We’ve all made decisions based on our instincts, feelings about the right course of action that have been honed by experience. The right choice seems obvious, even if we can’t quite articulate why that’s so.
Call it intuition, spider-sense, or a gut feeling, the best executives are able to make quick decisions that turn out to be right more often than they’re wrong. But that doesn’t mean we should put too much faith in our instincts, especially when the stakes are high.
Gerd Gigerenzer has studied decision-making using rules of thumb, heuristics, and instinct for many years. The good news for those who prefer to go with their gut is that quite often, your gut will be right. Those ineffable feelings are the conscious manifestation of millennia of cognitive evolution and years of personal experience.
And often, there’s no choice other than to go with your gut in leadership situations. Making no decision can be worse than making a non-optimal decision, and when every second counts, your gut and situational awareness are all you have to go on.
But we should be careful not to put those instincts on a pedestal. I’ve met CEOs who will follow their intuitions in the face of evidence, putting too much faith in their ability to pluck the right answer out of the air.
Counter-intuitively, the bigger the stakes, the more likely people are to be confident of their ability to make the right decision instinctively.
But, as Daniel Kahneman has it, confidence is just a feeling. We can be confident and wrong or confident and right. Our confidence about a decision has very little to do with whether it’s the right decision to make.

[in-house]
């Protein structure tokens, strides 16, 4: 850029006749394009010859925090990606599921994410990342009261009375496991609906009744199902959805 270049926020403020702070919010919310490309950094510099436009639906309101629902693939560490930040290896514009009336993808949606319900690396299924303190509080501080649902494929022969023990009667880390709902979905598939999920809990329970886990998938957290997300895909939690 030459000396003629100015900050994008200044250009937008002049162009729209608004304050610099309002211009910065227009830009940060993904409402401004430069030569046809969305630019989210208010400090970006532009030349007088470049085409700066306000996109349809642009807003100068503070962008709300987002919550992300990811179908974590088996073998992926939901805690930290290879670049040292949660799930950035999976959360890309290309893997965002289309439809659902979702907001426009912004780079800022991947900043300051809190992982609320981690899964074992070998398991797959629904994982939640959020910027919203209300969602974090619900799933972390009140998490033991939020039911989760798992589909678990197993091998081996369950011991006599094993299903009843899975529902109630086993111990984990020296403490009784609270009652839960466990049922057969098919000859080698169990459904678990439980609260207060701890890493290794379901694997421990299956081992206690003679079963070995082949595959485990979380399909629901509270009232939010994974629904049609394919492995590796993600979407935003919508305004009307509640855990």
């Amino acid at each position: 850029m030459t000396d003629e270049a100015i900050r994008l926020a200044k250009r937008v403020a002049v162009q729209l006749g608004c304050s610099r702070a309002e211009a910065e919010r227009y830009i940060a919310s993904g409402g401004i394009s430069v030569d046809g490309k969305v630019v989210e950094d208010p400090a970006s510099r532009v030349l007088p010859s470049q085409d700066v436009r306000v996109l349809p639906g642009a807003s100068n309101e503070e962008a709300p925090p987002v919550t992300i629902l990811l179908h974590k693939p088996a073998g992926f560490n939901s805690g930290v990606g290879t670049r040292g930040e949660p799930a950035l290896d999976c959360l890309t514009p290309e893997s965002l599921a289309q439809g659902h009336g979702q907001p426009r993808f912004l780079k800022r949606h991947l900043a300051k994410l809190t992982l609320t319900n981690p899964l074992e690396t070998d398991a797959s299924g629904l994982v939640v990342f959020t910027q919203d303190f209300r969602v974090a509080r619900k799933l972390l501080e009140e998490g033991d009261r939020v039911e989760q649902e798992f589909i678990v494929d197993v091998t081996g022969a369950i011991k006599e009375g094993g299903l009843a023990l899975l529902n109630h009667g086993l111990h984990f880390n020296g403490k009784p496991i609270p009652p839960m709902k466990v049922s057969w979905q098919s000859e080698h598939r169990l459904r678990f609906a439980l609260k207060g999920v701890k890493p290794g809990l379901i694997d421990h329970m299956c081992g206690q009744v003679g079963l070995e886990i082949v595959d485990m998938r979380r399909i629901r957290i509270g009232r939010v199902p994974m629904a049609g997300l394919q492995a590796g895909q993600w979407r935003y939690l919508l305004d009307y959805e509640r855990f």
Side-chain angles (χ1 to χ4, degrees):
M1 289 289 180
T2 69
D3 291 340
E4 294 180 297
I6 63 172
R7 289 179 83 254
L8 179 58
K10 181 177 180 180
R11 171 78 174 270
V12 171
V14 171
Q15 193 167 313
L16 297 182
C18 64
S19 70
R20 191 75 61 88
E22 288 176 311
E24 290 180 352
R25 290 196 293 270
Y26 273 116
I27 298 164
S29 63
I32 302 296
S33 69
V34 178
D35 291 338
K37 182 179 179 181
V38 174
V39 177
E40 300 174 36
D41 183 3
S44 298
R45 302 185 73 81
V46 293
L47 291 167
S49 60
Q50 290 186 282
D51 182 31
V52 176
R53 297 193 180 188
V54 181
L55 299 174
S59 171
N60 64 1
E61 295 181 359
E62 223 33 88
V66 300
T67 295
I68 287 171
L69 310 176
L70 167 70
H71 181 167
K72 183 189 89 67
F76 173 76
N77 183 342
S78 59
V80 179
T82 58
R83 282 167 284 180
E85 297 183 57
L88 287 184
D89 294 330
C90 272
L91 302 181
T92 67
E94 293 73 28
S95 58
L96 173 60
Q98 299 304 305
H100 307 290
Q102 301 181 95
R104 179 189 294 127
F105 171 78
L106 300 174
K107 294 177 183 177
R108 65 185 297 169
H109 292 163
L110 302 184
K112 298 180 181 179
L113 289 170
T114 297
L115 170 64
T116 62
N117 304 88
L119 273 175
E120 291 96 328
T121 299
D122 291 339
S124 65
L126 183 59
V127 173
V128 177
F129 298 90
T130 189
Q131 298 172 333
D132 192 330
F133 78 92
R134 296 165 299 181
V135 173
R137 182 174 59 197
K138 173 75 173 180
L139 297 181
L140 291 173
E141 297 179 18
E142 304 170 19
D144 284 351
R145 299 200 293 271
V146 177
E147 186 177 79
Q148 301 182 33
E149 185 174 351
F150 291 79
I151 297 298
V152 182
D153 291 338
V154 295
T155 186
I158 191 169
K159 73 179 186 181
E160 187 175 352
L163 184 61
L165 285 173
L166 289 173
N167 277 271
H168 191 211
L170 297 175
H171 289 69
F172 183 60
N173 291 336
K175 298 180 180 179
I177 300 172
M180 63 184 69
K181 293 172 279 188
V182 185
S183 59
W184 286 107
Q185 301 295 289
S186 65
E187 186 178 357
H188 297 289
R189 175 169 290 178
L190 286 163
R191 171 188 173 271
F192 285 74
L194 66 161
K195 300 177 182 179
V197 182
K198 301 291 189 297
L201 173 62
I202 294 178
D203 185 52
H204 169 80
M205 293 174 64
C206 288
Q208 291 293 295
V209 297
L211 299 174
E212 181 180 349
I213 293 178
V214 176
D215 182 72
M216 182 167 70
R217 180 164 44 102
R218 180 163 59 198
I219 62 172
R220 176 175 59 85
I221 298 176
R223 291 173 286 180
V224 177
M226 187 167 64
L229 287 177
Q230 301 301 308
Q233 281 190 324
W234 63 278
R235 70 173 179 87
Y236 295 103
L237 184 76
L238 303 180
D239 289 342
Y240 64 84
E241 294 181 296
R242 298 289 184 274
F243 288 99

One of the reasons instinct and intuition lead us astray is that, quoting Kahneman again, we tend to forget that what we see is not all there is. Our brains are highly evolved meaning machines, eager to weave “meaningful” narratives from the flimsiest of threads.
The classic example is of a person who is told that a politician is intelligent and firm. You have probably already formed an idea of how trustworthy the politician is, how likely you might be to vote for her. But what you see is not all there is: the politician is, in fact, intelligent, firm, and corrupt.
The point is that we’re prone to make up stories based on available information even when that information is limited and biased. This effect is known as the availability heuristic, and it’s a problem for instinctive decision-makers who believe that their instincts allow them to make great decisions on little evidence.
So what can business leaders to do make sure their instincts don’t lead them down the wrong path?
The takeaway is not that making decisions based on your intuitions is always a mistake, but that if you have the time, put your instincts to the test.